* St Coleman’s 31st Annual Italian Festival (Pompano Beach)
* St Coleman’s 31st Annual Italian Festival, 1200 South Federal Highway, Pompano Beach, Florida 33062, (954) 942-3533.
Jeff Eats- LOVES the annual St Coleman’s Italian Festival…been to 9 of them and had a blast each and every year!
You know the deal…rides, games, arts & crafts, entertainment and f o o d.
This year, 2014’s- will be held (Friday-Saturday-Sunday) February 21st–1pm-11pm, February 22nd–noon-11pm, February 23–noon-8pm.
Admission is FREE. You buy tickets for rides and food. Entertainment is FREE.
Not going to bother telling you about the food offerings. Suffice it to say, in the past- Jeff Eats was like a pig in sh#t, eating more fried stuff than any rational human being should be allowed to.
You can check www.italianfest.com for info/tickets/other stuff.
Finally, 4 of my favorite South Florida cover/tribute bands are booked…you should definitely catch them in action!
2/21/14…5:00pm The Fabulons– www.fabulons.com (50s-60s Rock N Roll- Rev. 7/2/10).
2/21/14…9:30pm Anthology Beatles Party Band–www.anthologytheband.com (Beatles- Rev.10/1/08).
2/22/14…9:30pm The Long Run–www.thelongrun.info (Eagles Tribute- Rev. 12/1/08 as The Shindigs).
2/23/14…4:30pm Orange Sunshine– www.orangesunshine.bz (60s Rock- Rev. 5/18/12).
Jeff Eats’ plan…gonna be there on Friday night–2/21/14.
Got my fingers crossed for great weather that weekend!
As a side-bar…I thought you guys might like to know a-bit about the saying “crossed fingers.” Here’s what Wikipedia has to say on the matter:
From Wikipedia, the free encyclopedia
A hand gesture in which the middle finger of either hand is crossed over the top of the index finger of the same hand. Also, a written or spoken phrase associated with the gesture. There is some evidence to suggest that the origins of the gesture are founded in early Christianity, both as a plea for divine protection and as a covert signifier of Christian belief. Modern usage however is almost exclusively secular and considerably more diverse in meaning, including:
A hand gesture denoting a hope for good luck.
A verbal wish for luck, as in: “I’ll keep my fingers crossed for you”.
A means of nullifying the binding nature of a promise or oath, as in: “You promised!”, “I had my fingers crossed so the promise didn’t count!”. This is predominantly a childish usage.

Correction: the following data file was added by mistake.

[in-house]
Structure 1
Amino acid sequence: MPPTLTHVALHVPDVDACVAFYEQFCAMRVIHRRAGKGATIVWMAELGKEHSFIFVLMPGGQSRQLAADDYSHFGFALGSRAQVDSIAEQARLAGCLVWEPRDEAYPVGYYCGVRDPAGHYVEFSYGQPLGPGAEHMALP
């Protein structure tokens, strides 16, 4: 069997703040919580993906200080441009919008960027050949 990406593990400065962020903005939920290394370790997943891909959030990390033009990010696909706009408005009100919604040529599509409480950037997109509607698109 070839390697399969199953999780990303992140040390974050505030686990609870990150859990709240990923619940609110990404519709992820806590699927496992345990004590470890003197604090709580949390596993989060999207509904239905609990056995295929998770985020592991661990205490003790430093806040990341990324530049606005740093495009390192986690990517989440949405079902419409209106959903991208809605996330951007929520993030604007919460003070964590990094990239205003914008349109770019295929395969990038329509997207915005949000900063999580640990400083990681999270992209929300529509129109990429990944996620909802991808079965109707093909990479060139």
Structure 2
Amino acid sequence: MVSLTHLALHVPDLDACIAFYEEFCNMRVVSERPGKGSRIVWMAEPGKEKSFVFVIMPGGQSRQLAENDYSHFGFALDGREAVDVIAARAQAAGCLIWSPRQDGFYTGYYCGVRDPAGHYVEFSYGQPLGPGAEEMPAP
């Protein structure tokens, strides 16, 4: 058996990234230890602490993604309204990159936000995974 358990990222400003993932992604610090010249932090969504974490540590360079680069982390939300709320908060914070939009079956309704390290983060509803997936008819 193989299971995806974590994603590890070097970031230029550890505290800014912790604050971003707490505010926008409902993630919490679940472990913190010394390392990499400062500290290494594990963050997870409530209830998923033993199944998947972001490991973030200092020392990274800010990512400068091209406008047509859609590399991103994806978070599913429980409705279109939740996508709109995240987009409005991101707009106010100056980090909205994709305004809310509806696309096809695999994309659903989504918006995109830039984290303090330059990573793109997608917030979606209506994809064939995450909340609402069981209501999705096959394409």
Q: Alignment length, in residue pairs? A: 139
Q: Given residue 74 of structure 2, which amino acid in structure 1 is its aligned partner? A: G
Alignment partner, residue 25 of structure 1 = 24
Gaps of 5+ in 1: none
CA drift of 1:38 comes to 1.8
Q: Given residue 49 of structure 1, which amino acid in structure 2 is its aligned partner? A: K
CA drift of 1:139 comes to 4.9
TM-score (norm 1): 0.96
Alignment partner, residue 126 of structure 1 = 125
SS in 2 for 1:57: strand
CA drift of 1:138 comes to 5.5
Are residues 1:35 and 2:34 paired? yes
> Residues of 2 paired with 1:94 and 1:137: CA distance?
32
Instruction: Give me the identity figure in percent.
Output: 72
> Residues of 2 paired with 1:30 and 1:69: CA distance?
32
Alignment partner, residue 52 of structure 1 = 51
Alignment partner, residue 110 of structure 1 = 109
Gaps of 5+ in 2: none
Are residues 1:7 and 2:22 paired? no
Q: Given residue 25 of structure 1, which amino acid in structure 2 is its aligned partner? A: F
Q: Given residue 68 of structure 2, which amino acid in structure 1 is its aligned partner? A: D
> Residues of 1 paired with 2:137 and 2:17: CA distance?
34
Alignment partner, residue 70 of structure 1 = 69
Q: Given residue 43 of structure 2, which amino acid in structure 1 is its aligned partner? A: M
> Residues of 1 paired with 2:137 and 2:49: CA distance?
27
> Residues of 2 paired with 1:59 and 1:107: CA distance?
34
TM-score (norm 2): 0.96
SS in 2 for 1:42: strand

A means of allowing or lessening the negative connotations of a lie, as in: “You said your name was Steve, you lied, your name is Paul!”, “It doesn’t count, I had my fingers crossed!”. This is predominantly a childish usage.
To cross one’s fingers was a hand gesture commonly used to implore God for protection, as well as to wish for good luck. The gesture is referred to by the common expression “keeping one’s fingers crossed” or just “fingers crossed” and has also been historically used in order to allow believers to recognize one another during times of persecution.
In the time of the early Church, Christians would cross their fingers in order to invoke the power associated with the Christian cross for protection, when faced with evil. Moreover, Christians, when persecuted by the Romans, used the symbol of crossed fingers, along with the Ichthys, in order to recognize one another and assemble for worship services. In 16th century England, people continued to cross fingers or make the sign of the cross in order to ward off evil, as well as when people coughed or sneezed.
Modern use of the fingers crossed gesture has little bearing on its religious origins.
A hand gesture denoting a hope for good luck
A physical gesture to indicate a wish for good luck.
A verbal wish for luck
As in: “I’ll keep my fingers crossed for you” to signify that the speaker is wishing good luck for the recipient. Sometimes hyperbololised, for instance: “I have crossed all of my fingers and all of my toes” to lend emphasis or to communicate additional sincerity.
A means of nullifying the binding nature of a promise or oath
A belief that crossing one’s fingers invalidates a promise being made.
A means of allowing or lessening the negative connotations of a lie
Some people, mostly children, also use the gesture to excuse their telling of a white lie. This may have its roots in the belief that the power of the Christian cross might save one from being sent to hell for telling a lie.